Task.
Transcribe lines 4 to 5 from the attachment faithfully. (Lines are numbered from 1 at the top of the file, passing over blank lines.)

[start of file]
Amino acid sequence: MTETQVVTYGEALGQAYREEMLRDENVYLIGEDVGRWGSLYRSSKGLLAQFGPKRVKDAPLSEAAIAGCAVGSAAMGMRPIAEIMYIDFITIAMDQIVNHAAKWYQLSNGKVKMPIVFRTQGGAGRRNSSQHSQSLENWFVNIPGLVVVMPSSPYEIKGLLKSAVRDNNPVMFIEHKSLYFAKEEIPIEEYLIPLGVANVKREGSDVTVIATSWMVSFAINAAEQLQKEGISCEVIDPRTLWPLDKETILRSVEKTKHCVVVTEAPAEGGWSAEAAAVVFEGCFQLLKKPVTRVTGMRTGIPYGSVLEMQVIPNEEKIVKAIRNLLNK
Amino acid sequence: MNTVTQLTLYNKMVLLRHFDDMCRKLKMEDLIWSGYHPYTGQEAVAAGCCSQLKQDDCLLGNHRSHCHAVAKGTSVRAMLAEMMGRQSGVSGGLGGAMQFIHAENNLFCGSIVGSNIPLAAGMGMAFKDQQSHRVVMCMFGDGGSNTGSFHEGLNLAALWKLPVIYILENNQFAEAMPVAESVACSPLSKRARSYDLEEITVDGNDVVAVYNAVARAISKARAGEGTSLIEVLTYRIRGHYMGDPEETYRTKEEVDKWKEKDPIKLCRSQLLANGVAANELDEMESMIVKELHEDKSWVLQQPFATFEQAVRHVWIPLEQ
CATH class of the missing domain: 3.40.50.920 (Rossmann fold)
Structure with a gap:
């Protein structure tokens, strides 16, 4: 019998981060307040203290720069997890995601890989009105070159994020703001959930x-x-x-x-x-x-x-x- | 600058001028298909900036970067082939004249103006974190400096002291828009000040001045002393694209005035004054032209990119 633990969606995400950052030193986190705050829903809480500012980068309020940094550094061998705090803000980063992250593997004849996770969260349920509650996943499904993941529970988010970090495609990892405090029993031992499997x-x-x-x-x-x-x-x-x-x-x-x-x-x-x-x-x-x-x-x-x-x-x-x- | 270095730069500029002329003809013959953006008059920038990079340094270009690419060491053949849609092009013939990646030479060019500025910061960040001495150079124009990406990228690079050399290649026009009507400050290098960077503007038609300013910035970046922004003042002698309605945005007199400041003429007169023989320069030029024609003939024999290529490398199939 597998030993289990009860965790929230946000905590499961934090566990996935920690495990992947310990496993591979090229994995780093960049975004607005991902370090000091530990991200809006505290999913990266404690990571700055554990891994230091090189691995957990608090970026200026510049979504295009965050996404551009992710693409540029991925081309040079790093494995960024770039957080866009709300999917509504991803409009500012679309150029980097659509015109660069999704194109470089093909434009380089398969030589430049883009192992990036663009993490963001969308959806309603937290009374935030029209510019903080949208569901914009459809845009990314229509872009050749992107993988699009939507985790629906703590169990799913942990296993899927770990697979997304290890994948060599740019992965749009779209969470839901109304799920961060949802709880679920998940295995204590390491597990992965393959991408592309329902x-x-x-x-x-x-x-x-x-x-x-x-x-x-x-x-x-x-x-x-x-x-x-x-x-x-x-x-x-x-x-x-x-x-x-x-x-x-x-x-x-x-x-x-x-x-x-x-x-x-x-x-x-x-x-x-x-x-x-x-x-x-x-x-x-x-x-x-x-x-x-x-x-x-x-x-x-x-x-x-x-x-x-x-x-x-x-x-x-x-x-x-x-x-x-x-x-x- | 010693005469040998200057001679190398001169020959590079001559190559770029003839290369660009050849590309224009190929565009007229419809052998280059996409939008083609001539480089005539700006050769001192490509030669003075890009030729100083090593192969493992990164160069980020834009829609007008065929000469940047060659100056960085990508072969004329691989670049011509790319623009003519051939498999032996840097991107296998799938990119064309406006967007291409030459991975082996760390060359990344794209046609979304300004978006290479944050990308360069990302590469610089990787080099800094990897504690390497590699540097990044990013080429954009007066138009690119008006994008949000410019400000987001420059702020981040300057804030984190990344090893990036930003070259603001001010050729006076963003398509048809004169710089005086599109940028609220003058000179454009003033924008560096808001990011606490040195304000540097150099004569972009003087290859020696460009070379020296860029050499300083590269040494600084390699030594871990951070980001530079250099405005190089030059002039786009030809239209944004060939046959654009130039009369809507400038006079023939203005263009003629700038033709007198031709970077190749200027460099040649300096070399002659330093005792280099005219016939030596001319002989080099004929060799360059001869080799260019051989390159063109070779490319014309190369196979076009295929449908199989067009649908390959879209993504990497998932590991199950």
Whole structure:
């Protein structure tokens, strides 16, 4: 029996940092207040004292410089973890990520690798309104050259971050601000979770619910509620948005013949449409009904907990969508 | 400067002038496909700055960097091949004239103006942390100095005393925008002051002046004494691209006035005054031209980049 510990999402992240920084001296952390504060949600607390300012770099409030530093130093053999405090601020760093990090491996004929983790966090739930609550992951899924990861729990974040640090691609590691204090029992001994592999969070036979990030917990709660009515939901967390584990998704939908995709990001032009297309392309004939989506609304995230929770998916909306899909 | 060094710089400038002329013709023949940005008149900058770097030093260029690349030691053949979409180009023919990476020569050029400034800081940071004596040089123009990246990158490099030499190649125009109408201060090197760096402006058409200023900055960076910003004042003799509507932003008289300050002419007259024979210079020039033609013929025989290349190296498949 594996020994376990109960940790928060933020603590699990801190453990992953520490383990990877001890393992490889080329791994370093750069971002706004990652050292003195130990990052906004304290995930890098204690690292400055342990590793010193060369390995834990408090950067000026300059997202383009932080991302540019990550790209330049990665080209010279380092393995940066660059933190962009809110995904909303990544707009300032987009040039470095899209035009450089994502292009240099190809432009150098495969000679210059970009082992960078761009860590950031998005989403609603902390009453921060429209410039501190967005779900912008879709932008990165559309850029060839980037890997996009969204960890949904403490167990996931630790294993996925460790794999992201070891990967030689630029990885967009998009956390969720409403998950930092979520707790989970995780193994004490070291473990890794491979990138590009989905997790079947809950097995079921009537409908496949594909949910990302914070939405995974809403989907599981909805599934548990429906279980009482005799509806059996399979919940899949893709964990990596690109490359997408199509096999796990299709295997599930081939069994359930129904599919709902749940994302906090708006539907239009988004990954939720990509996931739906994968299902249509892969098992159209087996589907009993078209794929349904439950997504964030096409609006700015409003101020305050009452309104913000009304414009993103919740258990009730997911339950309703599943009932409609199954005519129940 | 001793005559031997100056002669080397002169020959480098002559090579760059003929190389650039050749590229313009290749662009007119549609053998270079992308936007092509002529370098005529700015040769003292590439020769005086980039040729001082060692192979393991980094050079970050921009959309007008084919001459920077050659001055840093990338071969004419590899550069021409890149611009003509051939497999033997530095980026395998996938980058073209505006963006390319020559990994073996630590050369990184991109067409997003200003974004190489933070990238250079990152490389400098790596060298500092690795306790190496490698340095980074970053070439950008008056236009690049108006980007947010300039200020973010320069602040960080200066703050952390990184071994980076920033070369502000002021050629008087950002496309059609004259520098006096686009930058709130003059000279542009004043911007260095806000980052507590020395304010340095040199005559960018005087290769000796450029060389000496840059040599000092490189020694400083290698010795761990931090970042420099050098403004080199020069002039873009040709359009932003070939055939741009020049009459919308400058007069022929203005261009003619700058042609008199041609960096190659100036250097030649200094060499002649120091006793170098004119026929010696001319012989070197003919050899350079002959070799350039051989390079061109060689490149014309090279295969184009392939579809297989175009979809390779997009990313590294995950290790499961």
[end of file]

Structure with a gap:
């Protein structure tokens, strides 16, 4: 019998981060307040203290720069997890995601890989009105070159994020703001959930x-x-x-x-x-x-x-x- | 600058001028298909900036970067082939004249103006974190400096002291828009000040001045002393694209005035004054032209990119 633990969606995400950052030193986190705050829903809480500012980068309020940094550094061998705090803000980063992250593997004849996770969260349920509650996943499904993941529970988010970090495609990892405090029993031992499997x-x-x-x-x-x-x-x-x-x-x-x-x-x-x-x-x-x-x-x-x-x-x-x- | 270095730069500029002329003809013959953006008059920038990079340094270009690419060491053949849609092009013939990646030479060019500025910061960040001495150079124009990406990228690079050399290649026009009507400050290098960077503007038609300013910035970046922004003042002698309605945005007199400041003429007169023989320069030029024609003939024999290529490398199939 597998030993289990009860965790929230946000905590499961934090566990996935920690495990992947310990496993591979090229994995780093960049975004607005991902370090000091530990991200809006505290999913990266404690990571700055554990891994230091090189691995957990608090970026200026510049979504295009965050996404551009992710693409540029991925081309040079790093494995960024770039957080866009709300999917509504991803409009500012679309150029980097659509015109660069999704194109470089093909434009380089398969030589430049883009192992990036663009993490963001969308959806309603937290009374935030029209510019903080949208569901914009459809845009990314229509872009050749992107993988699009939507985790629906703590169990799913942990296993899927770990697979997304290890994948060599740019992965749009779209969470839901109304799920961060949802709880679920998940295995204590390491597990992965393959991408592309329902x-x-x-x-x-x-x-x-x-x-x-x-x-x-x-x-x-x-x-x-x-x-x-x-x-x-x-x-x-x-x-x-x-x-x-x-x-x-x-x-x-x-x-x-x-x-x-x-x-x-x-x-x-x-x-x-x-x-x-x-x-x-x-x-x-x-x-x-x-x-x-x-x-x-x-x-x-x-x-x-x-x-x-x-x-x-x-x-x-x-x-x-x-x-x-x-x-x- | 010693005469040998200057001679190398001169020959590079001559190559770029003839290369660009050849590309224009190929565009007229419809052998280059996409939008083609001539480089005539700006050769001192490509030669003075890009030729100083090593192969493992990164160069980020834009829609007008065929000469940047060659100056960085990508072969004329691989670049011509790319623009003519051939498999032996840097991107296998799938990119064309406006967007291409030459991975082996760390060359990344794209046609979304300004978006290479944050990308360069990302590469610089990787080099800094990897504690390497590699540097990044990013080429954009007066138009690119008006994008949000410019400000987001420059702020981040300057804030984190990344090893990036930003070259603001001010050729006076963003398509048809004169710089005086599109940028609220003058000179454009003033924008560096808001990011606490040195304000540097150099004569972009003087290859020696460009070379020296860029050499300083590269040494600084390699030594871990951070980001530079250099405005190089030059002039786009030809239209944004060939046959654009130039009369809507400038006079023939203005263009003629700038033709007198031709970077190749200027460099040649300096070399002659330093005792280099005219016939030596001319002989080099004929060799360059001869080799260019051989390159063109070779490319014309190369196979076009295929449908199989067009649908390959879209993504990497998932590991199950």